Modesto City Schools officials plan to open brand- spanking-new Gregori High next summer, even as they must lop at least $25 million from their budget.
Gregori will open with freshmen and sophomores, expanding to juniors in 2011-12 and seniors in 2012-13. They opened Enochs High that way in 2006, and Johansen similarly in 1992.
But in such dire financial times, the old way might not be the most cost-effective way.
Critics wonder why the trustees insist upon opening and staffing a new school at a time when they'll be cutting so deeply throughout the district.
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Here's why Gregori needs to open:
District officials cite still- crowded campuses even though the area is experiencing declining enrollment. None of the seven comprehensive campuses, Gregori included, originally was designed for more than 1,800 students. Yet 92-year-old Modesto High has 2,500 students, and Enochs is projected to have 2,300 when the 2010-11 school year begins in August.
But wait, there's more. If the district opted to mothball Gregori until the economy improved, a charter school could conceivably petition to lease it. Hence, the taxpayers would be on the hook for a $140 million campus, rented out to a charter school that would have better and more modern facilities than any other campus aside from Enochs.
Some critics also wonder why the district built Gregori at all, since construction began as the economy started its freefall in 2007.
The short answer: Funding came from bond measures passed in 2001 -- when the valley was in a growth spurt -- and included matching funds from the state. The money couldn't be used for anything other than for building Enochs, which opened four years ago, and for building Gregori. That's what the voters bought when they approved the bond.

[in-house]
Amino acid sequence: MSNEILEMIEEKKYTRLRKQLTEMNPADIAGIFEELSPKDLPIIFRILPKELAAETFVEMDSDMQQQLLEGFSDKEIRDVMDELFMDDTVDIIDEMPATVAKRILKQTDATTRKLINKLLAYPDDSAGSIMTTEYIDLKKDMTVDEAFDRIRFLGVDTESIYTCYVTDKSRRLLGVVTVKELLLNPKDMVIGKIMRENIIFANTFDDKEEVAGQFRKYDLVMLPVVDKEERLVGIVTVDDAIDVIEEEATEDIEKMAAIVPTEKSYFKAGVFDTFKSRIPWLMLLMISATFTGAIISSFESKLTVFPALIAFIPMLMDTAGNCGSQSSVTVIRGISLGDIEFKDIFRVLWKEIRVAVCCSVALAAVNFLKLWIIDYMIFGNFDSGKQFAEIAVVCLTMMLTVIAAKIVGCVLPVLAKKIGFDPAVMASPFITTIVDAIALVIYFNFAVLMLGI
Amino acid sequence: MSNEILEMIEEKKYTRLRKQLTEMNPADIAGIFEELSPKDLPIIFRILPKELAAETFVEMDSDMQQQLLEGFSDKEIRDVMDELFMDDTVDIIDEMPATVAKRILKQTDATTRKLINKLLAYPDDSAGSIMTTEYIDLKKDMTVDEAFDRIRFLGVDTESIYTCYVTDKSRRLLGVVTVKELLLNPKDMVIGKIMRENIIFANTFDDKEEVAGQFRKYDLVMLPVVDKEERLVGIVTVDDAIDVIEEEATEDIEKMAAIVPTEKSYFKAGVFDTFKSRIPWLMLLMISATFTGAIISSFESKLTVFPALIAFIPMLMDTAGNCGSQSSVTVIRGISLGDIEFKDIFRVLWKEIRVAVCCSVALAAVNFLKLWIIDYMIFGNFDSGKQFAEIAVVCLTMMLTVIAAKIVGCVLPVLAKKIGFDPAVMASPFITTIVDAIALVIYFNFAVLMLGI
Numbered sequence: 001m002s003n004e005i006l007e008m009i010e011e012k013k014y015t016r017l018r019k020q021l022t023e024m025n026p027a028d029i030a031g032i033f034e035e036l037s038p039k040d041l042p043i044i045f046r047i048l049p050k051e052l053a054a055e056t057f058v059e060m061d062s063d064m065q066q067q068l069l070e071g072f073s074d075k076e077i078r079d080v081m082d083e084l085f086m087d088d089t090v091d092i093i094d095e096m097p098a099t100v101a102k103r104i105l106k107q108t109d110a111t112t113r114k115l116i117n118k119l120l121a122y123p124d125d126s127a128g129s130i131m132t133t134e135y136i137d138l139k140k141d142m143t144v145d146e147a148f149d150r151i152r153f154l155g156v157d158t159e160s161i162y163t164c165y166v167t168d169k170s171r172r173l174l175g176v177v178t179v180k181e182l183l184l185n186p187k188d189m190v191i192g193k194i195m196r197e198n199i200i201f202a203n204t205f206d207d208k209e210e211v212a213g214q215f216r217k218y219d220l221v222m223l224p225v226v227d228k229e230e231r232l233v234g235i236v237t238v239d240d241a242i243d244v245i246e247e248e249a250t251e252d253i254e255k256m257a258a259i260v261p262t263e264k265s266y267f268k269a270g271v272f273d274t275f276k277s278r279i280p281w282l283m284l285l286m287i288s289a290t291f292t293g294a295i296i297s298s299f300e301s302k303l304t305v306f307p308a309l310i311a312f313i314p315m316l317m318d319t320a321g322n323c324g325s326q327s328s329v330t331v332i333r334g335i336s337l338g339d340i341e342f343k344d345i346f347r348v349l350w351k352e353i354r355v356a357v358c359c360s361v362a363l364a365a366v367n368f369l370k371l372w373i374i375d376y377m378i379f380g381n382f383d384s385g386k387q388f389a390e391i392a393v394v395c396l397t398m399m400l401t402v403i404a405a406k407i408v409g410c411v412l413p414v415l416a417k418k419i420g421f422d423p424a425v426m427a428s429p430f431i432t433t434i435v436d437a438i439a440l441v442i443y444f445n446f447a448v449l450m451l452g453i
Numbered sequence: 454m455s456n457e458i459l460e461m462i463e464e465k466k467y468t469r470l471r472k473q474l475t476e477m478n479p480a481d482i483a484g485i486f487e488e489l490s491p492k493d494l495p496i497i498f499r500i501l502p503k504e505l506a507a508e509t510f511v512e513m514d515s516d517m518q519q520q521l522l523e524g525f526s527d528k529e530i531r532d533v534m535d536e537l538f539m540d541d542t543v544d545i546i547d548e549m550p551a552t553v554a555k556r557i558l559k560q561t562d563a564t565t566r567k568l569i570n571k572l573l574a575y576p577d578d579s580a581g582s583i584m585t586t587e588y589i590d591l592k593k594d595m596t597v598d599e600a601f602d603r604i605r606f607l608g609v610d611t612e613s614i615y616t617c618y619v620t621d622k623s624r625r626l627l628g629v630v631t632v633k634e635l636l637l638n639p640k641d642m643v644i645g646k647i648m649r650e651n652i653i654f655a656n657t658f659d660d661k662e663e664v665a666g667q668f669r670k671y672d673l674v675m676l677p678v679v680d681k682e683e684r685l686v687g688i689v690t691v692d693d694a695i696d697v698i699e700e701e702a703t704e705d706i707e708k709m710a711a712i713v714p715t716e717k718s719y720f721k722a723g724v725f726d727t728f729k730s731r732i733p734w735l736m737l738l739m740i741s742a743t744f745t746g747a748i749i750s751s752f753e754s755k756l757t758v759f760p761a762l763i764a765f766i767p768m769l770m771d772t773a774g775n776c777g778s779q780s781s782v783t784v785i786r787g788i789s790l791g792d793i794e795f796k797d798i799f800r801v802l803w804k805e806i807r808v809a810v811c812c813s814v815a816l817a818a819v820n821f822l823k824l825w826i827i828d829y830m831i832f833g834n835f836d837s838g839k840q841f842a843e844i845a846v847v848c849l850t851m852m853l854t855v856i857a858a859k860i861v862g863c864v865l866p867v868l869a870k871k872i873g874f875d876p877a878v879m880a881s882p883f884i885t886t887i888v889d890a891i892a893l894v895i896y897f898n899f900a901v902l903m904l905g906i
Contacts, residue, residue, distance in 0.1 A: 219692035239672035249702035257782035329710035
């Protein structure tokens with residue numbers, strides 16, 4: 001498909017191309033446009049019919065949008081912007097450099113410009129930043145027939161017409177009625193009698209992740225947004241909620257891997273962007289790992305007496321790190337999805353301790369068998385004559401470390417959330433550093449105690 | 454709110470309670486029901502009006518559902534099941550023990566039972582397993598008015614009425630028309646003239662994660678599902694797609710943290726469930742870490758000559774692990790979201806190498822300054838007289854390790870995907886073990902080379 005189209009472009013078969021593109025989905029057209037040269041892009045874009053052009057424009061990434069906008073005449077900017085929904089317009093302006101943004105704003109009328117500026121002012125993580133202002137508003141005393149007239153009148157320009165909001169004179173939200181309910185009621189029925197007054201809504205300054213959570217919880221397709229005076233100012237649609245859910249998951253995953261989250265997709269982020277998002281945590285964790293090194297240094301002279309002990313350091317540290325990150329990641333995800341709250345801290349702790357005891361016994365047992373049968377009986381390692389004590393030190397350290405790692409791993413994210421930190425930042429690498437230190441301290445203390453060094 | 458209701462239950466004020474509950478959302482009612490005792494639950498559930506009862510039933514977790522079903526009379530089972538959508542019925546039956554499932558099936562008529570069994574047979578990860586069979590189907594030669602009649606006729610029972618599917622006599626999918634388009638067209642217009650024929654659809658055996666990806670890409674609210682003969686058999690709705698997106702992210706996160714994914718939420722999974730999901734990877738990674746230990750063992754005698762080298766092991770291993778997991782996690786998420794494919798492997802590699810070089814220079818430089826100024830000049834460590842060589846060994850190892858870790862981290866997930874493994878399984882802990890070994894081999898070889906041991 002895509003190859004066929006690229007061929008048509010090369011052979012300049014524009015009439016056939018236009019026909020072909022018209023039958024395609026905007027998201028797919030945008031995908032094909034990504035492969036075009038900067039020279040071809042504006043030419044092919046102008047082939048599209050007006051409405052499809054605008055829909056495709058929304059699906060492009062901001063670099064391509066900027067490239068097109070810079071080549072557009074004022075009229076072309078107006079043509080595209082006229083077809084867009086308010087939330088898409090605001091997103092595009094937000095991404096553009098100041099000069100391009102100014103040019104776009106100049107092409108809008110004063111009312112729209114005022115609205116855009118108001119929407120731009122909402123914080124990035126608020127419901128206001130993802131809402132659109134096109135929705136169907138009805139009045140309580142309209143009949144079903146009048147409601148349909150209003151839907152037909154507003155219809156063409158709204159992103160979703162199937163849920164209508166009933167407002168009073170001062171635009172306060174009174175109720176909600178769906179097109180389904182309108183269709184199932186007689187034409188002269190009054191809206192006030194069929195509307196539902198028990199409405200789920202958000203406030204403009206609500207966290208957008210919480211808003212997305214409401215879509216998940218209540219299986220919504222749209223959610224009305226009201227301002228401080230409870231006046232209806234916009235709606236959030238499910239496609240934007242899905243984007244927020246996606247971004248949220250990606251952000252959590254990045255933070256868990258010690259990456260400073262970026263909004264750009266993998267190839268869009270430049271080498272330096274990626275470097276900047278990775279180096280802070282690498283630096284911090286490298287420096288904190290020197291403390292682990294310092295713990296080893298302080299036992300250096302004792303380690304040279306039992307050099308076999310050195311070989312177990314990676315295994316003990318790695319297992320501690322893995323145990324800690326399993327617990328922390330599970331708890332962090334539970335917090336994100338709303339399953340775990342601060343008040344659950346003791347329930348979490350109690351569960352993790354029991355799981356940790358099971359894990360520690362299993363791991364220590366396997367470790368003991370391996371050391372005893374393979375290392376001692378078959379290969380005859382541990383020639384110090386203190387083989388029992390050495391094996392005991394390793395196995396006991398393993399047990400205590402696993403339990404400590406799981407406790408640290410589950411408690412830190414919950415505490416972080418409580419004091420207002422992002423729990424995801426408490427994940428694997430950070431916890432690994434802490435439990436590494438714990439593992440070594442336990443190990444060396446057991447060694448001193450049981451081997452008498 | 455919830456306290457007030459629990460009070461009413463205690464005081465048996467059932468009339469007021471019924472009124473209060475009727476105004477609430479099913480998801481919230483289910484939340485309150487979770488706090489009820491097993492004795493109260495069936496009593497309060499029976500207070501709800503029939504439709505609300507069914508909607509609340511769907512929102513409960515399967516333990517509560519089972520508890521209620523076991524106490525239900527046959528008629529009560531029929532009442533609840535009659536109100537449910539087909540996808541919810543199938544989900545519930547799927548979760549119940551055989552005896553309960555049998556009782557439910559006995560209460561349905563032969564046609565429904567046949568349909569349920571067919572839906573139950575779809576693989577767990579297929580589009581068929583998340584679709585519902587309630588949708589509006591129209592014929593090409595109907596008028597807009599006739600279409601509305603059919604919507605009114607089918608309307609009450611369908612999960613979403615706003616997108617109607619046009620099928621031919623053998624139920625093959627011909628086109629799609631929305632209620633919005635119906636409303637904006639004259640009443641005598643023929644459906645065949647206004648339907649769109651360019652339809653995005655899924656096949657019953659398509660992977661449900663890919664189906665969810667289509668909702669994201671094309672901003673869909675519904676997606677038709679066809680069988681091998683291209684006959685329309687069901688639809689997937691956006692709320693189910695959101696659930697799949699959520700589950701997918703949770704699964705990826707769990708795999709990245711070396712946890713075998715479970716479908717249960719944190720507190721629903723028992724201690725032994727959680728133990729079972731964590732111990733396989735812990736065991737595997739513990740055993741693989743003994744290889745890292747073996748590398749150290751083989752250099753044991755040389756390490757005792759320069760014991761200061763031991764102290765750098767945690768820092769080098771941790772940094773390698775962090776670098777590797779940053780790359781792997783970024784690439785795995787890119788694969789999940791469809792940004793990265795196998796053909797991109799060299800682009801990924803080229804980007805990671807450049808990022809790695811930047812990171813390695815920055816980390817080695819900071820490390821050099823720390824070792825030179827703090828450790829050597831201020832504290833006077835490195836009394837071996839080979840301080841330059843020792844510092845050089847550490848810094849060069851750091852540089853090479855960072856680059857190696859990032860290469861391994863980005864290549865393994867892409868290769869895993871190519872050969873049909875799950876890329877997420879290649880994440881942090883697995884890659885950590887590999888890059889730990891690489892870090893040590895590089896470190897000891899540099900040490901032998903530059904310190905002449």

Gregori, an Enochs campus clone, could reach its designed capacity a year after it opens, when it expands to include a junior class. It almost certainly will exceed capacity with its first senior class in 2012-13.
Its student population will come from Salida and northwest Modesto, the source of many Davis High students now.
Here's a different thought: Start Gregori as a four-year school, basically switching enrollments with Davis High. Make Davis the two-year campus, working its way back to a four-year school over time.
Why? While the Davis campus is 50 years old and "next on the list" for modernization, according to Modesto City Schools Superintendent Arturo Flores, neither the district nor the state has the $20 million to $35 million to fund the face-lift. So Davis will remain the high school campus most in need of a remodeling until money becomes available.
Some Davis teachers could relocate to Gregori. That could include coaches (assuming the sports programs survive the budget cuts), in essence taking the athletic programs along to newer, better fields, floors and facilities.
The district could appease transferring juniors and seniors who want a Davis High diploma by giving them one, pushing off Gregori's own first graduation until 2013, as now projected.
The same number of freshmen and sophomores who would have started the year at Gregori under the current plan would simply begin high school at Davis instead.
The switch would delay further wear and tear at Davis by virtue of having fewer students for a few years, with hopes that an improved economy eventually allows the remodeling to take place.
And just as the district can't mothball Gregori, nor can it close Davis without possible ramifications, said Julie Chapin, the district's director of business services. At Davis, there would be an additional concern beyond the threat of a charter school moving in.
"Once you close down a facility, you could face new seismic regulations before you reopen it," she said.
Such retrofitting would drive repair costs out of reach, even in a decent economic climate. So Davis, too, needs to be open.
The switch isn't a perfect scenario, but at a time when trainloads of money must be cut from the budget, any idea that saves dollars is worth a look.
And while I'm sure the mere suggestion of a Davis-Gregori swap will upset someone, that's nothing compared to the shock and awe families and teachers are going to feel when they see what $25 million won't buy.
Jeff Jardine's column appears Sundays, Tuesdays and Thursdays in Local News. He can be reached at 578-2383 or email@example.com.